Both the medical model and the social model of disability have substantial drawbacks for the project of creating better lives for people with disabilities; the first denies the value of difference and the effects of discrimination, and the second denies any place for prevention and cure. Using fictional and non-fictional parental narratives of Fetal Alcohol Syndrome, this article argues that a third model–a morphological model of disability–can best help us think about respectfully and effectively intervening in disability.
    Direct download (3 more)  
     
    Export citation  
     
    My bibliography  
  8.  14
    Sonia Meyers (2010). Invisible Waves of Technology: Ultrasound and the Making of Fetal Images. [REVIEW] Medicine Studies 2 (3):197-209.
    Since the introduction of ultrasound technology in the 1960s as a tool to visibly articulate the interiors of the pregnant body, feminist scholars across disciplines have provided extensive critique regarding the visual culture of fetal imagery. Central to this discourse is the position that fetal images occupy- as products of a visualizing technology that at once penetrates and severs pregnant and fetal bodies. This visual excision, feminist scholars describe, has led not only to an erasure of the (...)
    Direct download (5 more)  
     
    Export citation  
     
    My bibliography  
  9.  13
    Sam N. Pennington & Ivan A. Shibley (1998). Historical Misrepresentation in Science: The Case of Fetal Alcohol Syndrome. Science and Engineering Ethics 4 (4):427-435.
    The history of the fetal alcohol syndrome provides a microcosm in which to explore the larger ramifications of historical citations in biomedical publications. Though some historical references such as Biblical writings may hint at a rudimentary understanding of the relationship between maternal drinking and fetal development, no definitive case can be made for an understanding of FAS dating back hundreds of years. Authors who claim an impressive history for FAS misrepresent that history. The modern history of FAS raises (...)
    Direct download (6 more)  
     
    Export citation  
     
    My bibliography  
  10.  28
    S. Derbyshire (2001). Fetal Pain: An Infantile Debate. Bioethics 15 (1):77-84.
  11.  2
    Jörg‐Detlef Drenckhahn (2009). Growth Plasticity of the Embryonic and Fetal Heart. Bioessays 31 (12):1288-1298.
    Direct download (5 more)  
     
    Export citation  
     
    My bibliography  
  12.  1
    A. F. Rawdon-Smith, L. Carmichael & B. Wellman (1938). Electrical Responses From the Cochlea of the Fetal Guinea Pig. Journal of Experimental Psychology 23 (5):531.
    Direct download (3 more)  
     
    Export citation  
     
    My bibliography  
  13. Aaron S. Kesselheim, Martin T. November, Karen L. Lifford, Thomas F. McElrath, Ann L. Puopolo, E. John Orav & David M. Studdert (2010). Using Malpractice Claims to Identify Risk Factors for Neurological Impairment Among Infants Following Non‐Reassuring Fetal Heart Rate Patterns During Labour. Journal of Evaluation in Clinical Practice 16 (3):476-483.
    Direct download (4 more)  
     
    Export citation  
     
    My bibliography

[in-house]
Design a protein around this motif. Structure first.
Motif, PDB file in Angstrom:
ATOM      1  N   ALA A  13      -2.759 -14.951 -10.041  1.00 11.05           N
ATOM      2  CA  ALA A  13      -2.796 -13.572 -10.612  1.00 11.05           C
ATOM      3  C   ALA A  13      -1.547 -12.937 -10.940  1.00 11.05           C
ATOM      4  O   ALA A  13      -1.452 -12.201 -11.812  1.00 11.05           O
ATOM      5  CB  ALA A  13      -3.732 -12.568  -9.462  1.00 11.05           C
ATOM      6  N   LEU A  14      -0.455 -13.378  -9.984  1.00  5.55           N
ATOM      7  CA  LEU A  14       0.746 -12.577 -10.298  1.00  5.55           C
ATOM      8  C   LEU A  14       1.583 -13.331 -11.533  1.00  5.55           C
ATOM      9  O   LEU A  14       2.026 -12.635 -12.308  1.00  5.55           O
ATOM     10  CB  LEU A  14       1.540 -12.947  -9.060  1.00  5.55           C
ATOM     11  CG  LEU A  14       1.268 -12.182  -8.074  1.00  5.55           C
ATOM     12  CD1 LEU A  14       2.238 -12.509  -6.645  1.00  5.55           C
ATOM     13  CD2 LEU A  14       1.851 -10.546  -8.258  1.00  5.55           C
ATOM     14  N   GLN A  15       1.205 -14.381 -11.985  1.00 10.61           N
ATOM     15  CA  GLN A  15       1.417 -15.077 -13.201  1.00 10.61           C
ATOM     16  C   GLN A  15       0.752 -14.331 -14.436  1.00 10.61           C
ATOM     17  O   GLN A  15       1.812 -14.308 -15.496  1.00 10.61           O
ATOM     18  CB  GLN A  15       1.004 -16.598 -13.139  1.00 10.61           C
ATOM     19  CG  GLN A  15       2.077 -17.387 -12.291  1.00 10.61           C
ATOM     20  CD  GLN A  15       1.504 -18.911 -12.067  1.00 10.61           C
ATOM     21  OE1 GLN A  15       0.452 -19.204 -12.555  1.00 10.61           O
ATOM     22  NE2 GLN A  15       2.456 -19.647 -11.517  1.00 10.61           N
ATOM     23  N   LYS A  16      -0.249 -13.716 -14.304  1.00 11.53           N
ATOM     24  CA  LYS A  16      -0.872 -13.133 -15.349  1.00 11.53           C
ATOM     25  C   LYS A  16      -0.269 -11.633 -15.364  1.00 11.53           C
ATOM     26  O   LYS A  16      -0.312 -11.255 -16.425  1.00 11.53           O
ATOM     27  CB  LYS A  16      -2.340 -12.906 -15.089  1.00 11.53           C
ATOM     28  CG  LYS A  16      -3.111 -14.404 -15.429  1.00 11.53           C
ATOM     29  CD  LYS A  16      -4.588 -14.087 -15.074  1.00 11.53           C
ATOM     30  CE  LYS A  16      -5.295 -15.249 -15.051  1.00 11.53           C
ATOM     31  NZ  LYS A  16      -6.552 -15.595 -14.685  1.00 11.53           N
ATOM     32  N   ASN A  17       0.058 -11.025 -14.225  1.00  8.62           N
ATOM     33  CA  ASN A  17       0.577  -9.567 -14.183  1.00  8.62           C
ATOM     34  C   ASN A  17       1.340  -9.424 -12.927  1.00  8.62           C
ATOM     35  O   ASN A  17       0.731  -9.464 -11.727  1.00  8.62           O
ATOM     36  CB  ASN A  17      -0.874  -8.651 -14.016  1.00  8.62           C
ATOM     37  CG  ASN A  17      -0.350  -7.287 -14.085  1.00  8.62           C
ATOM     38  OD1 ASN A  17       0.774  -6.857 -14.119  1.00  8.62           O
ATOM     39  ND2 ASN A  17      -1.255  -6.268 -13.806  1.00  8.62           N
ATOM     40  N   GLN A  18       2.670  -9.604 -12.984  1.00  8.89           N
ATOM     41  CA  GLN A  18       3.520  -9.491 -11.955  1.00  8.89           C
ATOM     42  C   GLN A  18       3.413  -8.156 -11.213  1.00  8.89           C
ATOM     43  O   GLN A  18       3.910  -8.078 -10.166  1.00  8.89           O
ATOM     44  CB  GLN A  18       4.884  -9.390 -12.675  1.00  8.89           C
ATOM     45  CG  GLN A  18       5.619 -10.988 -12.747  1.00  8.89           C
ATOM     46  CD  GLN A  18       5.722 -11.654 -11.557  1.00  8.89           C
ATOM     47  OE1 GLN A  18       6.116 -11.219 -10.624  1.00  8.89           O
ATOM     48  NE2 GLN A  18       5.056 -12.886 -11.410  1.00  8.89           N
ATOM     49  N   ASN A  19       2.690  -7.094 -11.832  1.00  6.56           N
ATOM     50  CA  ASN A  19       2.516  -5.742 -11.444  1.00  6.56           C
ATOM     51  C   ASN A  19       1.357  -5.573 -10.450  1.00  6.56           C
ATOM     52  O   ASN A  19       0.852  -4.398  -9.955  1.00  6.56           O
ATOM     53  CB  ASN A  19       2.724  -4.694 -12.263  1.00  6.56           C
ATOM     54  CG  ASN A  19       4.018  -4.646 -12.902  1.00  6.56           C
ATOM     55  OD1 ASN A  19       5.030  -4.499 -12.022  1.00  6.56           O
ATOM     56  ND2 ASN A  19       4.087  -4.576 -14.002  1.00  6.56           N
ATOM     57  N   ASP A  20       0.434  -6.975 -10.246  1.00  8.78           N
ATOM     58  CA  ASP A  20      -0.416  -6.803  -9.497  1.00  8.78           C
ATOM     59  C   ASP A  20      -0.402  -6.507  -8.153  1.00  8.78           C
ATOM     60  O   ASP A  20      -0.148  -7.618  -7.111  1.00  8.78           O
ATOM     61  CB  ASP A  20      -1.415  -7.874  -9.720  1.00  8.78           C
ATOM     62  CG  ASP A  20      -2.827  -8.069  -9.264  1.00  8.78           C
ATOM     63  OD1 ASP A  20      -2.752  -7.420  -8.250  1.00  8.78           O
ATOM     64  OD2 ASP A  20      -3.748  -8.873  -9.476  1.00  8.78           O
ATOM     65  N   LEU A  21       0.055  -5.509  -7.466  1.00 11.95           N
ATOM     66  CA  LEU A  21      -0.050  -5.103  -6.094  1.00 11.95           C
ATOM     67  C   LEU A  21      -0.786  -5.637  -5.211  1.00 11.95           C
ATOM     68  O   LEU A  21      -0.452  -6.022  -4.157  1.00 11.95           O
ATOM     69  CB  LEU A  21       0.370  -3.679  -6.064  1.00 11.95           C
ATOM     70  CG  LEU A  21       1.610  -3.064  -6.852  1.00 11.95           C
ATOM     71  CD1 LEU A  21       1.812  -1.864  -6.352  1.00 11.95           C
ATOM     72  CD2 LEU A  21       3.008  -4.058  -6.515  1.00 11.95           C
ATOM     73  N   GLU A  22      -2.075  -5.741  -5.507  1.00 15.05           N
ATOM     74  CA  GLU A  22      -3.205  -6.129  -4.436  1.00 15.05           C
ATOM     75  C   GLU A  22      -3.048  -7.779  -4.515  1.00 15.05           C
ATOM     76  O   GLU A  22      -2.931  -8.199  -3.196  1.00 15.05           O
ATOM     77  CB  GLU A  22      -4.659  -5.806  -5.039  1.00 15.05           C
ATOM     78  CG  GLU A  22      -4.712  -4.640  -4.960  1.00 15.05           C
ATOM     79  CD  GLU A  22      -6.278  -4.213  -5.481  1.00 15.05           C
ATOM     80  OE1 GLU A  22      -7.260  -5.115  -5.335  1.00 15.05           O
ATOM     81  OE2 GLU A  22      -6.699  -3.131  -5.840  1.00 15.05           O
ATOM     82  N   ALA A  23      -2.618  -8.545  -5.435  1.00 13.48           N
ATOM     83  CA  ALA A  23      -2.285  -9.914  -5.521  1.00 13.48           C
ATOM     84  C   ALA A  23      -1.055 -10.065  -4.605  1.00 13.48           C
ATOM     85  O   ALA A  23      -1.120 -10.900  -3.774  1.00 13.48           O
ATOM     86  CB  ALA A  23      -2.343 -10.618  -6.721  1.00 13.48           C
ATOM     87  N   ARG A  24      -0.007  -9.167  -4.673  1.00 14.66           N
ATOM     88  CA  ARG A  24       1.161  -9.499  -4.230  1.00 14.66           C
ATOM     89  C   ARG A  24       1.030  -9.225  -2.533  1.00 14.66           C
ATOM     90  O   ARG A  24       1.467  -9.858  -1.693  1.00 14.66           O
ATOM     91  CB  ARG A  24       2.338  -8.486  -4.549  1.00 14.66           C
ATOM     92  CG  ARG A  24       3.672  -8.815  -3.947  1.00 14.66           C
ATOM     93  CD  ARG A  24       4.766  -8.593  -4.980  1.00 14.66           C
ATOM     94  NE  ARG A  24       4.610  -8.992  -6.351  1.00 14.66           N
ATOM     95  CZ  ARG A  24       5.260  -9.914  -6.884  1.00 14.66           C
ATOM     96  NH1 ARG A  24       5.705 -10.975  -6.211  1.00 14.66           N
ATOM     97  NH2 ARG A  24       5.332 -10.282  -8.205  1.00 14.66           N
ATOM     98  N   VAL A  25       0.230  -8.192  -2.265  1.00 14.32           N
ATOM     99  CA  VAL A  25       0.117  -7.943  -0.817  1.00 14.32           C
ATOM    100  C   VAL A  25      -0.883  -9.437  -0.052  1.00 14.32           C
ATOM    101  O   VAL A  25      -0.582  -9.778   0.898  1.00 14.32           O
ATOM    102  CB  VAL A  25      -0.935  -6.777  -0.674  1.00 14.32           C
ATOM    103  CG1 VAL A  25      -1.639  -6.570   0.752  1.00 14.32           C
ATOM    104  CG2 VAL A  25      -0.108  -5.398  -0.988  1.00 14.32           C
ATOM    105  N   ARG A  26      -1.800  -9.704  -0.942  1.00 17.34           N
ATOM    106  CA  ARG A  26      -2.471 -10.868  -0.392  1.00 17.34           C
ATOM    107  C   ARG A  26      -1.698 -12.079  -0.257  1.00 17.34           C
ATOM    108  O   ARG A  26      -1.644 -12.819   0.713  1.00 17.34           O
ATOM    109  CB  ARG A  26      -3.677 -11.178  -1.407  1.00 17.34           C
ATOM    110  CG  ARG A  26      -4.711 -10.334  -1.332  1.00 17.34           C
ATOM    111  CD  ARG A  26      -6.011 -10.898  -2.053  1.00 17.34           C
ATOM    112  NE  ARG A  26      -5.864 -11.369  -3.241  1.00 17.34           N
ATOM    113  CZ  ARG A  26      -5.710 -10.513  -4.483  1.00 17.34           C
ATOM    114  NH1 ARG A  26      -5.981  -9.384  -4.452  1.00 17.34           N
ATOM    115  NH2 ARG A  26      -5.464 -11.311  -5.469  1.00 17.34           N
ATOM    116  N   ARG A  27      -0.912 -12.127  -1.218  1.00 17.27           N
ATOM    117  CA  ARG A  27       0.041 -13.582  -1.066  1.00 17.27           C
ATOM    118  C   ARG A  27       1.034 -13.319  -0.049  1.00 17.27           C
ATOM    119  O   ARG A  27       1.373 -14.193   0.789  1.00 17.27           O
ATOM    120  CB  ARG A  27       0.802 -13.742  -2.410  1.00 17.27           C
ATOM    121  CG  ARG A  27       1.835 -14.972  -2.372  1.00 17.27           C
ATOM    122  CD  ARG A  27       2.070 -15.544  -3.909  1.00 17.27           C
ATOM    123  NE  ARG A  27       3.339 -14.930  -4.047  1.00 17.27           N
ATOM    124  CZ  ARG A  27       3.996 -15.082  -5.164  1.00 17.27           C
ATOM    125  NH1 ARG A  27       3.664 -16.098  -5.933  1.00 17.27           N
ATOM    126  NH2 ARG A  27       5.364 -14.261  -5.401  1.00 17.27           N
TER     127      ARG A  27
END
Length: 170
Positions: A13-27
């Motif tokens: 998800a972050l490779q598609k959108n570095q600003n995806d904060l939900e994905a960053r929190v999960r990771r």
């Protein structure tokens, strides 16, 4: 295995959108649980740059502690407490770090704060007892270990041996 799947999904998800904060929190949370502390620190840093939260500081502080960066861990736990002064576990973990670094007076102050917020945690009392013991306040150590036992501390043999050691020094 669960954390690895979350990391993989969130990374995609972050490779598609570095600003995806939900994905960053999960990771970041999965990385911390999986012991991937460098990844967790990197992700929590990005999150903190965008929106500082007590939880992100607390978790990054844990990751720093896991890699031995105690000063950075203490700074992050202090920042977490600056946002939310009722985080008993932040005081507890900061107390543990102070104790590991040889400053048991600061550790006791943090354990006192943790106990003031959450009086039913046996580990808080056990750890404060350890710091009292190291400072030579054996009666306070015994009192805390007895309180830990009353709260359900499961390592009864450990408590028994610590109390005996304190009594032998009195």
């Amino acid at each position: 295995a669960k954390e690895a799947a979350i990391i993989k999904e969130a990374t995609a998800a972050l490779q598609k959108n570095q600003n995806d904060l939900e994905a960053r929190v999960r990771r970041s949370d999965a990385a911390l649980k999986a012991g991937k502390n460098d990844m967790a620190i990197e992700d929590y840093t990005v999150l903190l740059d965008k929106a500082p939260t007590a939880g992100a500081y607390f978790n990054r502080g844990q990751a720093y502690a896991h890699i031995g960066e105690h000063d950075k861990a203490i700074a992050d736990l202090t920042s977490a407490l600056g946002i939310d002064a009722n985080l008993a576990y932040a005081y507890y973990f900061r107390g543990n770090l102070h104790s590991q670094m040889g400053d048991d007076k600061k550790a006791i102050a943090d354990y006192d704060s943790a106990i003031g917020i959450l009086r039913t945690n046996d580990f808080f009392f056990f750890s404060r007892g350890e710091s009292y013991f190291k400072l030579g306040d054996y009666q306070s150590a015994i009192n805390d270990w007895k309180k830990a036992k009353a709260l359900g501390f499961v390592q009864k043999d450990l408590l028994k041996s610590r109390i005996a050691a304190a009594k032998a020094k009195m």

14.  7
    Howard Minkoff & Mary Faith Marshall (2016). Fetal Risks, Relative Risks, and Relatives' Risks. American Journal of Bioethics 16 (2):3-11.
    Several factors related to fetal risk render it more or less acceptable in justifying constraints on the behavior of pregnant women. Risk is an unavoidable part of pregnancy and childbirth, one that women must balance against other vital personal and family interests. Two particular issues relate to the fairness of claims that pregnant women are never entitled to put their fetuses at risk: relative risks and relatives' risks. The former have been used—often spuriously—to advance arguments against activities, such as (...)
    Direct download (4 more)  
     
    Export citation  
     
    My bibliography   13 citations  
  15. Robert William Fischer (2014). Disgust and the Collection of Bovine Fetal Blood. In Elisa Aaltola & John Hadley (eds.), Animal Ethics and Philosophy: Questioning the Orthodoxy. Rowman & Littlefield International 151-164.
    At many slaughterhouses, if a pregnant cow is killed, then medical companies pay to harvest the fetus's blood. When you communicate the details of this process to people, many of them are disgusted. I submit that those who are repulsed thereby acquire a reason to believe that this practice is morally wrong. However, it is controversial to maintain that disgust can provide moral guidance. So, I develop a theory of disgust’s moral salience that fits with the empirical work that’s been (...)
    Direct download  
     
    Export citation  
     
    My bibliography   1 citation  
  16.  71
    Anna Smajdor (2011). Ethical Challenges in Fetal Surgery. Journal of Medical Ethics 37 (2):88-91.
    Fetal surgery has been practised for some decades now. However, it remains a highly complex area, both medically and ethically. This paper shows how the routine use of ultrasound has been a catalyst for fetal surgery, in creating new needs and new incentives for intervention. Some of the needs met by fetal surgery are those of parents and clinicians who experience stress while waiting for the birth of a fetus with known anomalies. The paper suggests that the (...)